UNITED STATES COURT OF APPEALS FOR THE SECOND CIRCUIT
decided: May 23, 1983.
MINISTRY OF SUPPLY, CAIRO, AND GENERAL AUTHORITY FOR SUPPLY COMMODITIES, CAIRO, PLAINTIFFS AND CROSS-DEFENDANTS-APPELLEES, BABANAFT INTERNATIONAL CO., S.A., INTERVENOR PLAINTIFF AND CROSS-CLAIMANT-APPELLANT,
UNIVERSE TANKSHIPS, INC., CLAYBRIDGE SHIPPING CO., S.A., AND M/S ULYSSES, IN REM, DEFENDANTS
Appeal by an intervenor in a suit in admirality for cargo damage in the District Court for the Southern District of New York from an order of Judge Owen dismissing its cross-claim against plaintiffs, agencies of the Government of Egypt, on the ground of sovereign immunity.
Friendly, Kearse and Winter, Circuit Judges.
FRIENDLY, Circuit Judge:
This appeal is from an order of Judge Owen in the District Court for the Southern District of New York dismissing, on grounds of sovereign immunity, the cross-claim of appellant Babanaft International Co., S.A. (Babanaft), which had been granted permissive intervention pursuant to F.R.Civ.P. 24(b), against the Ministry of Supply, Cairo, and General Authority for Supply Commodities, Cairo, (collectively referred to as the Ministry or the plaintiffs), in a suit for cargo damage brought by the Ministry against the ship M/S Ulysses, Universe Tankships, Inc., and Claybridge Shipping Co., S.A. Concededly the plaintiffs are an "agency or instrumentality" of Egypt and thus a "foreign state" within § 4(a), 28 U.S.C. § 1603(a) and (b) of the Foreign Sovereign Immunities Act of 1976 (FSIA or Act). We have characterized FSIA as "a new and vaguely-worded statute" whose draftsmen deliberately left decision of many difficult questions to the federal courts, Texas Trading & Milling Corp. v. Federal Republic of Nigeria, 647 F.2d 300, 302-03 (2nd Cir. 1981), cert. denied, 454 U.S. 1148, 71 L. Ed. 2d 301, 102 S. Ct. 1012 (1982). While the opinion in Texas Trading and the three other opinions handed down with it, Gemini Shipping, Inc. v. Foreign Trade Org. for Chemicals & Foodstuffs, 647 F.2d 317 (2 Cir. 1981); Verlinden B.V. v. Central Bank of Nigeria, 647 F.2d 320 (2 Cir. 1981), cert. granted, 454 U.S. 1140, 102 S. Ct. 997, 71 L. Ed. 2d 291 (1982); Reale International, Inc. v. Federal Republic of Nigeria, 647 F.2d 330 (2 Cir. 1981), settled many such questions for this circuit, this case presents an issue with respect to the interpretation of FSIA not directly decided there.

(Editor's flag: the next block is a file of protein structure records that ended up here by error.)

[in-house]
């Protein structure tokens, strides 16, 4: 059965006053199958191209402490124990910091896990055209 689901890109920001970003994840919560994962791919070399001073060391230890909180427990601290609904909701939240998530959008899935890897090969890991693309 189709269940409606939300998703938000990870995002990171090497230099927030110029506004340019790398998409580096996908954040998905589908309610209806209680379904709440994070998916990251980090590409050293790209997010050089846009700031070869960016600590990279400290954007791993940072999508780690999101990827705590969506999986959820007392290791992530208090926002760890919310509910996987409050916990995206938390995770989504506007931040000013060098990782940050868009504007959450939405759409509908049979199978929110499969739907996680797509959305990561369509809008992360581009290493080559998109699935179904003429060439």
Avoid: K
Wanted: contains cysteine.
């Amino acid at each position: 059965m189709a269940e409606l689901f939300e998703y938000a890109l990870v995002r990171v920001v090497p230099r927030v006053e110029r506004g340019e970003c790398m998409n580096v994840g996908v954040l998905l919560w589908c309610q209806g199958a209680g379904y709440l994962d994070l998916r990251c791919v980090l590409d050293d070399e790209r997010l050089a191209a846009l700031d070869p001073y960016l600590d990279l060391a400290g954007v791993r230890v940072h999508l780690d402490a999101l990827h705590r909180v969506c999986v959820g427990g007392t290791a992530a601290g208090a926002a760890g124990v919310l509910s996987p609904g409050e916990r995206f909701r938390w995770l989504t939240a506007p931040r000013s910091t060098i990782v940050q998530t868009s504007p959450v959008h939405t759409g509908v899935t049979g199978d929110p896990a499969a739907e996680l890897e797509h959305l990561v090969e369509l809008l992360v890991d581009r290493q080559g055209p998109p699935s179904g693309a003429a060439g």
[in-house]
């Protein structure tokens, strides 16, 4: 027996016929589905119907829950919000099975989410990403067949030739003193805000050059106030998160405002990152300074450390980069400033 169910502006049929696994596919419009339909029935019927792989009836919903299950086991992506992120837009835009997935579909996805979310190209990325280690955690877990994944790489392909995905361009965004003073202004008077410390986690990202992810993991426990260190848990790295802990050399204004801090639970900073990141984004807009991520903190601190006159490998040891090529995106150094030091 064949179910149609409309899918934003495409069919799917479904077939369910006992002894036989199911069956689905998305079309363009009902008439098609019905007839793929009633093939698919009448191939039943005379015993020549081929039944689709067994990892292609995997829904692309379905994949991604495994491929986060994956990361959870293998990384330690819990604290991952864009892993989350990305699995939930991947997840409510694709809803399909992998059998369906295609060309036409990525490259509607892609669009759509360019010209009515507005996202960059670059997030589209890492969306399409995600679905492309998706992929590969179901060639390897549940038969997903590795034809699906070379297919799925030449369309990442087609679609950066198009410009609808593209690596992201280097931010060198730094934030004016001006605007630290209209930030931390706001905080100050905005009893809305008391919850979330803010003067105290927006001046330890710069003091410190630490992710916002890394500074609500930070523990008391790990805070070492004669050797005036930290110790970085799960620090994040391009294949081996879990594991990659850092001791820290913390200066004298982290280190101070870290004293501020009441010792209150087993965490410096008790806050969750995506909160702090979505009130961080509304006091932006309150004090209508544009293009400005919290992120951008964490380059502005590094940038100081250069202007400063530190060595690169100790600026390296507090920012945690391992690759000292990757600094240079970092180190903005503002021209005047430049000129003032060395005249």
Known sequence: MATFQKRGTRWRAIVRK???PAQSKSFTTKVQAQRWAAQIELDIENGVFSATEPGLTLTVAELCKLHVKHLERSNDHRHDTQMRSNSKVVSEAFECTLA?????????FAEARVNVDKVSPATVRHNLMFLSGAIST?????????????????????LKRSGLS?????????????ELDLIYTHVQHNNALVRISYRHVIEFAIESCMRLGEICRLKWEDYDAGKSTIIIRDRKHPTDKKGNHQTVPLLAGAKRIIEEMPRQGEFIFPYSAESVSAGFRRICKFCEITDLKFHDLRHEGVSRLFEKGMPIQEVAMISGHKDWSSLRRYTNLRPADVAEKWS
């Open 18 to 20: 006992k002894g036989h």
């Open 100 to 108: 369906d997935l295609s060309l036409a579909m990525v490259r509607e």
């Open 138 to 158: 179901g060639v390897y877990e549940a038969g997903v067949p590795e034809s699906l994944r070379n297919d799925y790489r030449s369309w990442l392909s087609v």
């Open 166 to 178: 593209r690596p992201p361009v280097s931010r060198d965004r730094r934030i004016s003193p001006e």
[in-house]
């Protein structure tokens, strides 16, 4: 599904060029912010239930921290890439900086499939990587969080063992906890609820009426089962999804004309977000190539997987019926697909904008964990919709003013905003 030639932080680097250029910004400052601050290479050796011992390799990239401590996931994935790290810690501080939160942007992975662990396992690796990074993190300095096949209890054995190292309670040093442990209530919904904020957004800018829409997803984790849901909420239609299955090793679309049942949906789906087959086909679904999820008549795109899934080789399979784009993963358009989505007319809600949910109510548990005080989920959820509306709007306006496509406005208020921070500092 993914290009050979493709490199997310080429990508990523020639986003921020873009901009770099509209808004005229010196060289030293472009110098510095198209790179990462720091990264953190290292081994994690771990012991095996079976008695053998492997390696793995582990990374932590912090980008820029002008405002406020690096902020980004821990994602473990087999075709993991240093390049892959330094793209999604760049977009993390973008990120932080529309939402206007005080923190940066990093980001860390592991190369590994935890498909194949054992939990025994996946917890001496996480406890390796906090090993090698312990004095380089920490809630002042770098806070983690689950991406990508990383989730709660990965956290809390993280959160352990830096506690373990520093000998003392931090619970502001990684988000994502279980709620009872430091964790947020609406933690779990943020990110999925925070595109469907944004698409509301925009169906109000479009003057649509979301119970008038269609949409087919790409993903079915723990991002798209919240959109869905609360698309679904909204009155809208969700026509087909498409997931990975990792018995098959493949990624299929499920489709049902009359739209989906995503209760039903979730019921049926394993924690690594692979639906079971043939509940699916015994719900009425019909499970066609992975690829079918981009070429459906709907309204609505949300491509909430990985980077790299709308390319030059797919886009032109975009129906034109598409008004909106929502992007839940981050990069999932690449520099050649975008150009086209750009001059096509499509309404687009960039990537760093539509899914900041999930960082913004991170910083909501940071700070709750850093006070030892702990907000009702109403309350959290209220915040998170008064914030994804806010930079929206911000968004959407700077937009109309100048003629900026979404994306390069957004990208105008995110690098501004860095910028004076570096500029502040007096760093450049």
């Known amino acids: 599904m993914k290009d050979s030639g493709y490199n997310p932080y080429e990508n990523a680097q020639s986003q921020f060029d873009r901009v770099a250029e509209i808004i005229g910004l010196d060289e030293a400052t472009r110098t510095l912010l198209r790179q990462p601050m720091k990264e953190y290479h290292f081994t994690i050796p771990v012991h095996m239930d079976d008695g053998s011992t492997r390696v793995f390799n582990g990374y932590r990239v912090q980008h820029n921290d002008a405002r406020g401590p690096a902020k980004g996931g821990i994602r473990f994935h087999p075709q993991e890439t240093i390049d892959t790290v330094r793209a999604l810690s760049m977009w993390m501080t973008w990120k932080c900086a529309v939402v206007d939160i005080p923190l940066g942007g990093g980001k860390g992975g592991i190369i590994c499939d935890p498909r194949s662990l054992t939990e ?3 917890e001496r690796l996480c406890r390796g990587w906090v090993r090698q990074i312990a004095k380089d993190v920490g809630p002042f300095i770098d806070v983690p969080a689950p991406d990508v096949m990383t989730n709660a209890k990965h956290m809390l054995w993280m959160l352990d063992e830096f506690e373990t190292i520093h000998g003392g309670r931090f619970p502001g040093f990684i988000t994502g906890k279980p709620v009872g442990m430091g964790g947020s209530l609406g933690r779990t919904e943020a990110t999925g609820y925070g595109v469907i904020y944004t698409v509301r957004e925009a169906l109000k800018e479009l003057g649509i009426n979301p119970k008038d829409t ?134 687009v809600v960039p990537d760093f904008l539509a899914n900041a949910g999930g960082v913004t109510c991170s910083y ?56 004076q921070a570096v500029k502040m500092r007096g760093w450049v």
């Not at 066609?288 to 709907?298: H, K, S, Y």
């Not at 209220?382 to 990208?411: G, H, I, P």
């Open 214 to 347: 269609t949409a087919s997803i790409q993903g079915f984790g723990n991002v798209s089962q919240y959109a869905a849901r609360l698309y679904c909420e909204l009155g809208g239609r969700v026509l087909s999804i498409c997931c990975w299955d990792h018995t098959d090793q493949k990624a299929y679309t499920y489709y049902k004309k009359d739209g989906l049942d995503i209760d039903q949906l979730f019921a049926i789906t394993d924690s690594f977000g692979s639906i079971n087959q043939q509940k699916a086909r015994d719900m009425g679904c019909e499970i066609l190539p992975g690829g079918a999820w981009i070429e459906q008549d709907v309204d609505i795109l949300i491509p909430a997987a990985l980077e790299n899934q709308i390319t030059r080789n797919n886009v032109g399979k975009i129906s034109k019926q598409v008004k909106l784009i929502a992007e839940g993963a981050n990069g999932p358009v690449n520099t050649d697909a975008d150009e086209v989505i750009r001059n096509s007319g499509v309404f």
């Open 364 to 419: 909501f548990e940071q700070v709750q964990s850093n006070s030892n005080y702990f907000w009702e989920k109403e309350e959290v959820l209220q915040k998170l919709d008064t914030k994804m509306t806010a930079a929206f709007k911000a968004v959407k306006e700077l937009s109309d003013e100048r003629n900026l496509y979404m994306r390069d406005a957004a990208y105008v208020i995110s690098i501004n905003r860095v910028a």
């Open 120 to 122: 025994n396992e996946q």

The Ministry is engaged, inter alia, in carrying out in the United States a program for the purchase of grain and its transportation to Egypt under P.L. 480, 7 U.S.C. § 1691 et seq., similar to that carried out by an agency of the government of Syria as described in Gemini Shipping, supra, 647 F.2d at 318-20. Defendant Universe Tankships, Inc. (Universe), a Liberian corporation with an office in New York, is the owner of the Liberian flag motorship M/S Ulysses.
On March 14, 1979, Universe had entered into a time charter of the Ulysses to appellant Babanaft, a Panamanian corporation headquartered in Greece, for a period of 12 months from April 1, 1979, with an option to Babanaft to extend this for an additional nine months, at a fixed rate of $2.78 per deadweight ton per month to be paid to Universe at its New York office, plus an additional $600 per month to cover specified expenses, the cost of fuel, port charges, and many other items. Universe undertook to make and maintain the Ulysses tight, staunch, strong, in good order and condition and in every way fit for service. Babanaft, on April 4, 1979, entered into a charter with defendant Claybridge Shipping Co., S.A., another Panamanian corporation headquartered in Greece, for a voyage from Florida to a Mediterranean port or ports. The Ministry's complaint, filed July 11, 1980, alleged that Claybridge had then entered into a charter with the Ministry whereby Claybridge had agreed to transport a cargo of wheat from a port in the Gulf of Mexico to Alexandria or Port Said, Egypt; that pursuant to this some 48,000 metric tons of wheat were loaded on board the Ulysses on or about April 22, 1979, in good order and condition and bills of lading were issued to the Ministry therefor; but that, when the vessel arrived at Port Said, the cargo was delivered "short or otherwise damaged" to the extent of $2,200,000. Plaintiffs demanded arbitration.*fn1